Martinez herself grew up on Denver’s West Side, living in three separate housing projects. The properties are now all developments. She remembers that everything was made of heavy-duty cement. “Even the sink area was made of cement,” she said. “The stairs, the floors. Everything was cement. It felt like a prison.”
She graduated from West High. Her parents were from different villages in the small Gallinas Valley in New Mexico. Her father, a veteran, drafted in World War II, had nine siblings, and her mother had eight. “We were always visiting cousins and traveling back to New Mexico,” she said.
That’s where Martinez first learned about acequias, and spent time cultivating traditional practices of a subsistence lifestyle still used today. San Francisco and the villages near the Colorado state border identify their culture — including food, art, spirituality, language, heritage, customs, and social sphere — more closely with that of Northern New Mexico, Martinez said.
“I get to experience this every day,” she said, motioning to the acequia and mountain terrain. “These things, you cannot put a value on.”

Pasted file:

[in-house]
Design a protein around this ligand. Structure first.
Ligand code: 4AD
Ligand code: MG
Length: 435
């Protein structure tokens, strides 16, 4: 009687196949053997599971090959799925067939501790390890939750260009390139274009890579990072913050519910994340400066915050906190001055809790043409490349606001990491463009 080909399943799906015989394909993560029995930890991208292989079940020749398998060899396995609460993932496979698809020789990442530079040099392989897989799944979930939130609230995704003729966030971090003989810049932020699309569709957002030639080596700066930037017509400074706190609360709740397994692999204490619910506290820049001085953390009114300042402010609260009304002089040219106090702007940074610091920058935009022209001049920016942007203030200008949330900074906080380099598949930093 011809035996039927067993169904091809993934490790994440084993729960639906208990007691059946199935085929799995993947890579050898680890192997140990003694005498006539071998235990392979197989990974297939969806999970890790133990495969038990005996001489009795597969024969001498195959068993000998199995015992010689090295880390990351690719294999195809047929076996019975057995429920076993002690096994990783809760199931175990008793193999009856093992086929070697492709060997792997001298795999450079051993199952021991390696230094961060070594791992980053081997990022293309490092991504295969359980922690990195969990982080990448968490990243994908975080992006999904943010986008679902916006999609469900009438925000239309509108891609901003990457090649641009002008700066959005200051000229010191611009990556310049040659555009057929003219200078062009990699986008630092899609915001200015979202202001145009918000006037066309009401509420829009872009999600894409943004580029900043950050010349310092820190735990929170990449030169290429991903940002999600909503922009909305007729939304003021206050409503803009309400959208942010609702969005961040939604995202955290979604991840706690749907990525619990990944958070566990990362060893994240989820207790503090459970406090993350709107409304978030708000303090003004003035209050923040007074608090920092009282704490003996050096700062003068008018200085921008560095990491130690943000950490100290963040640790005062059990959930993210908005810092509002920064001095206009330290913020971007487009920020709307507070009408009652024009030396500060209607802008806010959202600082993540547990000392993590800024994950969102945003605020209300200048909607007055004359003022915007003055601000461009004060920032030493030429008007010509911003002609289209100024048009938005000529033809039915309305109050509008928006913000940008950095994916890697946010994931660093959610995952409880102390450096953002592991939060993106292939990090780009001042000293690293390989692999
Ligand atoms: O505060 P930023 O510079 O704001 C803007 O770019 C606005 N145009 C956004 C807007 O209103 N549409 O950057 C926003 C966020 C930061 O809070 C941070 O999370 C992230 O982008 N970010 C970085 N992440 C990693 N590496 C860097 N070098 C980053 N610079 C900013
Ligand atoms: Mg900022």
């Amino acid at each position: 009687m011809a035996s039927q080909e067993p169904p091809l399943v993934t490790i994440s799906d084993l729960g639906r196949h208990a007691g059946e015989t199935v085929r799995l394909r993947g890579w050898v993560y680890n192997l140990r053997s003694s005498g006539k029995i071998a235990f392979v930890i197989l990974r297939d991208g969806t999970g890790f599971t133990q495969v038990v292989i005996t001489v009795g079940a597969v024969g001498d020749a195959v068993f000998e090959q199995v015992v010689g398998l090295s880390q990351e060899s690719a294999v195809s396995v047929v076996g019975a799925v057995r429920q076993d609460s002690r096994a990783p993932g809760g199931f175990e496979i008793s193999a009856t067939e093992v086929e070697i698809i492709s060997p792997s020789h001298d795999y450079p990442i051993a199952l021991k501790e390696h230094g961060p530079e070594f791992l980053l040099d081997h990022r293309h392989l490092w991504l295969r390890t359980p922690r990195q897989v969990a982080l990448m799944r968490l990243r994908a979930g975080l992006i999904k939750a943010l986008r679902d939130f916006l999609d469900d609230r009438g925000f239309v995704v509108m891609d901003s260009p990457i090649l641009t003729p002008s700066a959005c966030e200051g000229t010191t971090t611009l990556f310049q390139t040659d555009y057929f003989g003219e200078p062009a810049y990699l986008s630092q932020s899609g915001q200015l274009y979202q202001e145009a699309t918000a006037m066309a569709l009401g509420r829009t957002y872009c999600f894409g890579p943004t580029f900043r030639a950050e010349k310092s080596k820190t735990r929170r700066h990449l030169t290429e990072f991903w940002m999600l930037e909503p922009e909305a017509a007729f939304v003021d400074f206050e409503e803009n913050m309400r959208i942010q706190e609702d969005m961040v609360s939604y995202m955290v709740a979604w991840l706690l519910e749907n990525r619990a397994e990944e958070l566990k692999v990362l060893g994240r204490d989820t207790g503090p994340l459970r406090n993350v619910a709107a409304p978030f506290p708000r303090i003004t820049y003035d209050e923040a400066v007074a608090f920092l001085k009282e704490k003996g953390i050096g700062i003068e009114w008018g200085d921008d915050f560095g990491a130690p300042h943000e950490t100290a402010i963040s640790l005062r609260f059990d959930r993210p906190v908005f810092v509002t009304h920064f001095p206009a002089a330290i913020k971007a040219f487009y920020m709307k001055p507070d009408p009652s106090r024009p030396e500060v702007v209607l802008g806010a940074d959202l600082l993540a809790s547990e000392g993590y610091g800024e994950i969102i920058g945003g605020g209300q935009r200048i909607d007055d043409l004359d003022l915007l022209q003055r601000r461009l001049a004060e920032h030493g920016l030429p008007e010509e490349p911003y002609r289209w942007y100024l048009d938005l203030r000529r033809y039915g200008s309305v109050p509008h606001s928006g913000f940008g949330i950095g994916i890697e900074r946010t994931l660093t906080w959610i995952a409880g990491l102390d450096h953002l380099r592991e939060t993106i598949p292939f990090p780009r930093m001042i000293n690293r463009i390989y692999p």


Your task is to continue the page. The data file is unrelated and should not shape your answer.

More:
Life here in San Francisco, she said, is simple. She goes shopping once a week, one hour away. She talks to her friends and family at the post office, catching up about new babies, and what it’s like to lose someone.
“It’s the human touch,” she said. “I also like the fact that it takes effort to live like this.”
Acequias require maintenance, community support and input, and increased education to maintain protections with changing times — and a changing climate. An acequia comisión is voted in by landowners each year, including a President, Treasurer, and Secretary. These elected officials work closely with the Mayordomo, or ditch rider, to keep track of water rights holders, schedule and facilitate water use, and decide how to divvy water in times of drought. Regardless of acreage, each landowner receives one vote.
“We get people from bigger cities, and they buy a huge ranch, and then they’re a little bit miffed and upset because their vote is only one vote — just like the gentleman with his little two acres,” Martinez said. “But it’s effective, and it’s survived almost 200 years. I think it’s worth saving.”
Historically, the community has ways of dealing with drought and water scarcity that envelope into part of the local tradition. When a year brings less snow, the community takes action.
“We have a very long tradition that works,” said Martinez. “We’re communal in the fact that the water has to be shared. If there’s not enough water, than our Mayordomo and our Comisión have to figure out who gets water.”